Upon his ecstatic return to his birthplace, Lovecraft embarked upon his greatest outpouring of fiction resulting in six stories and two novels that are among his major works. Mention must be made of Lovecraft's fiction and its concepts. Important works produced during his amateur days include "The Statement of Randolph Carter," "From Beyond," and "The Picture in the House," a particularly chilling short dealing with a cannibalistic backwoods farmer who hungered for "victuals" he "couldn't raise nor buy" (Lovecraft, 1982, 35). Prior to his association with Weird Tales, Lovecraft's only other semi-professional writings were the series "Herbert West - Reanimator" and "The Lurking Fear" for the short-lived Home Brew, a humor magazine similar to Mad.

Most significant of his tales written after his return to Providence was "The Call of Cthulhu," a story which emphasizes his view of man's minor importance and utilizes his idea of "strange survivals" from "forbidden eons" (Lovecraft, 1982, 76). Despite his faith in science, Lovecraft also seemed to have felt it would bring about mankind's undoing. He deemed that humans lacked the psychological fortitude to handle any transcendental knowledge. Consider the opening to this work:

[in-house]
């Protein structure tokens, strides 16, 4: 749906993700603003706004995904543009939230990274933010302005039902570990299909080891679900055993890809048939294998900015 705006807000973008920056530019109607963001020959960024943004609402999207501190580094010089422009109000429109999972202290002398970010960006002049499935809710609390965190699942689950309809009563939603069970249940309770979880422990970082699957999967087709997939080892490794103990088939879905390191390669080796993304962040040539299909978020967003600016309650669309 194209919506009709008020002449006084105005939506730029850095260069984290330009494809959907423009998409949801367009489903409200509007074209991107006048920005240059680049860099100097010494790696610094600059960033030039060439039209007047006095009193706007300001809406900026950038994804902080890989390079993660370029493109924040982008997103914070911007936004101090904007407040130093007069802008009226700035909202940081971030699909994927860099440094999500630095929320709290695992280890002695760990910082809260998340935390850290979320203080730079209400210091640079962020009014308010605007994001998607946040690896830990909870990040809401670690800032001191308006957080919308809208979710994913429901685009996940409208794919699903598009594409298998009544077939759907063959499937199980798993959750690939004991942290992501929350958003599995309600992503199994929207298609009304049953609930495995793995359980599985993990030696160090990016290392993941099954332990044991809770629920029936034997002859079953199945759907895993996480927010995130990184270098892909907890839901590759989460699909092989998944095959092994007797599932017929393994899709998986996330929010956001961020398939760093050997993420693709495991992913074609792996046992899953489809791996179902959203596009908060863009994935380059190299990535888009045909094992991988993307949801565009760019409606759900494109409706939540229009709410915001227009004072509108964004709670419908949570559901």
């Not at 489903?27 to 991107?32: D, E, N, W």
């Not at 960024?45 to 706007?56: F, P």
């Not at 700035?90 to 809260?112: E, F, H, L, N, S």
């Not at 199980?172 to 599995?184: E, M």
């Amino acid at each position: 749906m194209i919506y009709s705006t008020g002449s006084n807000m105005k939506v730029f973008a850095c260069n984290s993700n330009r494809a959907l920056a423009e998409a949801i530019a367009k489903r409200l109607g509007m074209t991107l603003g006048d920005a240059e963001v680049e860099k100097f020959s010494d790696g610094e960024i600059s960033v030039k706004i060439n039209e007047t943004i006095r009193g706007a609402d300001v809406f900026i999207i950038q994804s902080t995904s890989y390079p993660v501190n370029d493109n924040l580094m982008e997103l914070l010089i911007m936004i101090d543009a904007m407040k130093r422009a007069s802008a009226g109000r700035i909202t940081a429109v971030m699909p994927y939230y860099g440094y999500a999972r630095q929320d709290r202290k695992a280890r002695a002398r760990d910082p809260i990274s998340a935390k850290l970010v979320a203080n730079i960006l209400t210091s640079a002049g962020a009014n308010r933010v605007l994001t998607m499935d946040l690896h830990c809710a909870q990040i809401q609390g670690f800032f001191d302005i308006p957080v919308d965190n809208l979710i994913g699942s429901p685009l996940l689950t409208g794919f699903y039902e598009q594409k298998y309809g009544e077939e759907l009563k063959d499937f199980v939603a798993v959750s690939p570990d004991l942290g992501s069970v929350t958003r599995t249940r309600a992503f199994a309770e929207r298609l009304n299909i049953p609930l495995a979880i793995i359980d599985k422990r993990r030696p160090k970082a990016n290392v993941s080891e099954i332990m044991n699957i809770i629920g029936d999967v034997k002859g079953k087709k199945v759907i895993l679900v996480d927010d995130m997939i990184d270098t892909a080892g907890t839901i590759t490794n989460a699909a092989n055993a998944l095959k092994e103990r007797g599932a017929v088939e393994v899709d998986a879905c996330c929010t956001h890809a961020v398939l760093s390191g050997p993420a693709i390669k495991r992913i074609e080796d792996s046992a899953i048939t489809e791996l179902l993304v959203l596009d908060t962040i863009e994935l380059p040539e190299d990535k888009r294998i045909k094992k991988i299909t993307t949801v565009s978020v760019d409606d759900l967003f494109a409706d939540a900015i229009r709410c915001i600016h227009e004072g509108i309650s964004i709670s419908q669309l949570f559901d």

The most merciful thing in the world, I think, is the inability of the human mind to correlate all its contents. We live in a placid island of ignorance in the midst of black seas of infinity, and it was not meant that we should voyage far. The sciences, each straining in its own direction, have hitherto harmed us little; but some day the piecing together of dissociated knowledge will open up such terrifying vistas of reality, and of our frightful position therein, that we shall either go mad from the revelation or flee from the deadly light into the peace and safety of a new dark age (ibid).